Ivory is the main component of mammalian teeth (Espinoza et al., 1992) and has primarily been associated with Elephants due to their protruding tusks. The tusks of Elephants grow throughout their life (Weissengruber et al, 2005). When removing an Elephants tusk the Elephant would have to be killed as some of the tusk protrudes into the elephant’s head and would need to be carved out of the skull (Figure 1). Tusks are sexually dimorphic in Asian Elephants with males having longer, and thicker tusks whereas both male and female African Elephants have long tusks (Chelliah and Sukumar, 2013). Some African Elephants have been found to have no tusks which is believed to be genetic and is also thought to be the result of poaching as Elephants are evolving to have shorter or no tusks (Whitehouse, 2002). This however puts Elephants at a disadvantage as they have been observed using their tusks in fighting for dominance and digging for minerals (Chelliah and Sukumar, 2013). Wildlife crime is not only potentially causing extinction in the long term but in the short term is forcing Elephants to evolve as a means of survival by reducing their desirability to poachers.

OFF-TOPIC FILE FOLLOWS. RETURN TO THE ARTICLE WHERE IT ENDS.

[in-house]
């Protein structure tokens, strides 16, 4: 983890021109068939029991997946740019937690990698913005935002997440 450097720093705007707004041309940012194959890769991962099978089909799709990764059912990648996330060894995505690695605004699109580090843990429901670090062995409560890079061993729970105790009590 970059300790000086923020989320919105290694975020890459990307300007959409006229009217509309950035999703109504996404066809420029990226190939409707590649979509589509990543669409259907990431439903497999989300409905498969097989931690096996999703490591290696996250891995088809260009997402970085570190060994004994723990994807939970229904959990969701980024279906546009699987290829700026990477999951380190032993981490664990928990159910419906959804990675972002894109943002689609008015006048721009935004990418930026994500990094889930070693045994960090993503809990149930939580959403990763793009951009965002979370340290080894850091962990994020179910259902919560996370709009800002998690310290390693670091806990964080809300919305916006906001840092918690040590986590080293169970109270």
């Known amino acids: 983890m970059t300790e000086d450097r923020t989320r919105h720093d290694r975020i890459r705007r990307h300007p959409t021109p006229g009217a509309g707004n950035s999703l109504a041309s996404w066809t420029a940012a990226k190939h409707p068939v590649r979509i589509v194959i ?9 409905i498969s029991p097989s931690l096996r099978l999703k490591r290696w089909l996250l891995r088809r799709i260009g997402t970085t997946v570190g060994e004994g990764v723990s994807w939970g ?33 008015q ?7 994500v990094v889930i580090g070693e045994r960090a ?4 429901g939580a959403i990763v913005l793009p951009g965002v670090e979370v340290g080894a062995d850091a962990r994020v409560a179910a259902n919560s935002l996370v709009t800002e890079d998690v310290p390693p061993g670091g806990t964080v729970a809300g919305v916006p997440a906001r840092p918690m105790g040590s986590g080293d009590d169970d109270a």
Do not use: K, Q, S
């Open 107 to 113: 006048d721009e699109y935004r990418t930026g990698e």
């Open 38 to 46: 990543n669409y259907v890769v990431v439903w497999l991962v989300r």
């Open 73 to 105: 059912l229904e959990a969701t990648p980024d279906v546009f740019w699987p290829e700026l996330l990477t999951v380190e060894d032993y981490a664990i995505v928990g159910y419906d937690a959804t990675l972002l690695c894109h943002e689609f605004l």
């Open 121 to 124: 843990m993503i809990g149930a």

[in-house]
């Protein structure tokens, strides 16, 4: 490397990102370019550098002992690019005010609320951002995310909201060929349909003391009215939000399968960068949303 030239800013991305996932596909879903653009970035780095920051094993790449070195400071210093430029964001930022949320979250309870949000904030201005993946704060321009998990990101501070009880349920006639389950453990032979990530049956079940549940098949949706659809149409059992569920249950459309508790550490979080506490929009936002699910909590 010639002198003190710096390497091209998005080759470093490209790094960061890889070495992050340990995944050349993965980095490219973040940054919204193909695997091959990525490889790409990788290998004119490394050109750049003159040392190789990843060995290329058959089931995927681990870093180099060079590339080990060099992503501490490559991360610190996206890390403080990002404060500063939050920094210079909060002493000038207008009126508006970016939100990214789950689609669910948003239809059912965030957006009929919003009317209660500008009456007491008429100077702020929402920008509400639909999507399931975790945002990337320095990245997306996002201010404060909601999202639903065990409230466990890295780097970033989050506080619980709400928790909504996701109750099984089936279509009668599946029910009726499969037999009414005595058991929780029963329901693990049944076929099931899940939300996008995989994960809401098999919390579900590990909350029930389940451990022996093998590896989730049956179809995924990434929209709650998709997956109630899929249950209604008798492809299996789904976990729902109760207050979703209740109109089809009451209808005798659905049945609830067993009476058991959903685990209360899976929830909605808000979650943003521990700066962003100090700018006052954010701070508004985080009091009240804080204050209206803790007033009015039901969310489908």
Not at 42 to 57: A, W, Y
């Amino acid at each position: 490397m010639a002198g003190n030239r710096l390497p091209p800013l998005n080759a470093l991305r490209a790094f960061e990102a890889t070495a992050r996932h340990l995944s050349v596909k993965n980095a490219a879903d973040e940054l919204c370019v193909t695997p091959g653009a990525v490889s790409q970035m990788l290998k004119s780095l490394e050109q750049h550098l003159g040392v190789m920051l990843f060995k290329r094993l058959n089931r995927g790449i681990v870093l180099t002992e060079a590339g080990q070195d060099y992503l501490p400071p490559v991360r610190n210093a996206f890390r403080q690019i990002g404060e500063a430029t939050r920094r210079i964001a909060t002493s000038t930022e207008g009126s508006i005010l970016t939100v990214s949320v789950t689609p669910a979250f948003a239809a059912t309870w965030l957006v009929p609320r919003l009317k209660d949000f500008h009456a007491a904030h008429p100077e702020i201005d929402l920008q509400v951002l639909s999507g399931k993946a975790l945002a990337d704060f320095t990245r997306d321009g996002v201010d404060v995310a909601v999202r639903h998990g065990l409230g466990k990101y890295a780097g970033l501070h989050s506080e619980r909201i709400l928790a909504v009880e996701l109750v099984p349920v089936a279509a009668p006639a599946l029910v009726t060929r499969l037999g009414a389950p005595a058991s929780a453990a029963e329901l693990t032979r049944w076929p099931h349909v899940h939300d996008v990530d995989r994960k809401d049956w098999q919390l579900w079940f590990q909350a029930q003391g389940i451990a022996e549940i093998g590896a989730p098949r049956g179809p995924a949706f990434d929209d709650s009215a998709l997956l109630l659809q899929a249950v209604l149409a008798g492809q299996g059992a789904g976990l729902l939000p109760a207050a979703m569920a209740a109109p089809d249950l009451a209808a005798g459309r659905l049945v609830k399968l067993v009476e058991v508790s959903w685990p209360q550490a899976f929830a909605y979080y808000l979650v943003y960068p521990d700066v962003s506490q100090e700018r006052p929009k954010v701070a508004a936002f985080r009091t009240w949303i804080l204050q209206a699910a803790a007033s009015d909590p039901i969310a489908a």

Figure 2. Longitudinal section through the right tusk of an African elephant. N, Nasal Cavity; C, Cavity containing the nerves; D, Dentine (Ivory). (Weissengruber et al, 2005).